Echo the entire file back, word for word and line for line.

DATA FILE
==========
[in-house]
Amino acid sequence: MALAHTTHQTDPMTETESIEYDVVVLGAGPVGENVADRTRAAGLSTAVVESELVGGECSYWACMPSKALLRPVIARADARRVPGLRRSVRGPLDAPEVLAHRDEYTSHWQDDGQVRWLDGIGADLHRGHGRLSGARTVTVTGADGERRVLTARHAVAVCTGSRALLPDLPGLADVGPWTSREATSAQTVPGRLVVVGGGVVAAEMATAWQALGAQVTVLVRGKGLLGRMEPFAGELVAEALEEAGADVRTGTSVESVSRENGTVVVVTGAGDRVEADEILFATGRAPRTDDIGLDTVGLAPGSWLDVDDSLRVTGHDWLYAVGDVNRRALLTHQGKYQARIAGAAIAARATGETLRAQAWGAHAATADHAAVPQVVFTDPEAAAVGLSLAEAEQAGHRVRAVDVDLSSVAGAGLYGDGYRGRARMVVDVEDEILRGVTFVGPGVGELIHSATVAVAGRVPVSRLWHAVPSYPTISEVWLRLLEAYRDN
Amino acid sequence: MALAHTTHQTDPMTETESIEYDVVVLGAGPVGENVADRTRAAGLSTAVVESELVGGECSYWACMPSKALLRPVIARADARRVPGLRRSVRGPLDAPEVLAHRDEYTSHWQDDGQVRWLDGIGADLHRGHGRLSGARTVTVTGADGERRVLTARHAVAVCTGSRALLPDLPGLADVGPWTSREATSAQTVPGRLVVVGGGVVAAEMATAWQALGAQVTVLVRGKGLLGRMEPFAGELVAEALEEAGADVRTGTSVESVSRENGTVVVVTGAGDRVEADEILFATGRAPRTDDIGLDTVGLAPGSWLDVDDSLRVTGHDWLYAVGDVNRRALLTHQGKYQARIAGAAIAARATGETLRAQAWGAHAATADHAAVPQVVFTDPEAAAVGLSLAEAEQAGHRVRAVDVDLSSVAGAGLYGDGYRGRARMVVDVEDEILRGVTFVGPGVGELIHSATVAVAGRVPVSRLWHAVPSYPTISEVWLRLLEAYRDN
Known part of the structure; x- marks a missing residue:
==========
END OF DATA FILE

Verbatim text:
[in-house]
Amino acid sequence: MALAHTTHQTDPMTETESIEYDVVVLGAGPVGENVADRTRAAGLSTAVVESELVGGECSYWACMPSKALLRPVIARADARRVPGLRRSVRGPLDAPEVLAHRDEYTSHWQDDGQVRWLDGIGADLHRGHGRLSGARTVTVTGADGERRVLTARHAVAVCTGSRALLPDLPGLADVGPWTSREATSAQTVPGRLVVVGGGVVAAEMATAWQALGAQVTVLVRGKGLLGRMEPFAGELVAEALEEAGADVRTGTSVESVSRENGTVVVVTGAGDRVEADEILFATGRAPRTDDIGLDTVGLAPGSWLDVDDSLRVTGHDWLYAVGDVNRRALLTHQGKYQARIAGAAIAARATGETLRAQAWGAHAATADHAAVPQVVFTDPEAAAVGLSLAEAEQAGHRVRAVDVDLSSVAGAGLYGDGYRGRARMVVDVEDEILRGVTFVGPGVGELIHSATVAVAGRVPVSRLWHAVPSYPTISEVWLRLLEAYRDN
Amino acid sequence: MALAHTTHQTDPMTETESIEYDVVVLGAGPVGENVADRTRAAGLSTAVVESELVGGECSYWACMPSKALLRPVIARADARRVPGLRRSVRGPLDAPEVLAHRDEYTSHWQDDGQVRWLDGIGADLHRGHGRLSGARTVTVTGADGERRVLTARHAVAVCTGSRALLPDLPGLADVGPWTSREATSAQTVPGRLVVVGGGVVAAEMATAWQALGAQVTVLVRGKGLLGRMEPFAGELVAEALEEAGADVRTGTSVESVSRENGTVVVVTGAGDRVEADEILFATGRAPRTDDIGLDTVGLAPGSWLDVDDSLRVTGHDWLYAVGDVNRRALLTHQGKYQARIAGAAIAARATGETLRAQAWGAHAATADHAAVPQVVFTDPEAAAVGLSLAEAEQAGHRVRAVDVDLSSVAGAGLYGDGYRGRARMVVDVEDEILRGVTFVGPGVGELIHSATVAVAGRVPVSRLWHAVPSYPTISEVWLRLLEAYRDN
Known part of the structure; x- marks a missing residue: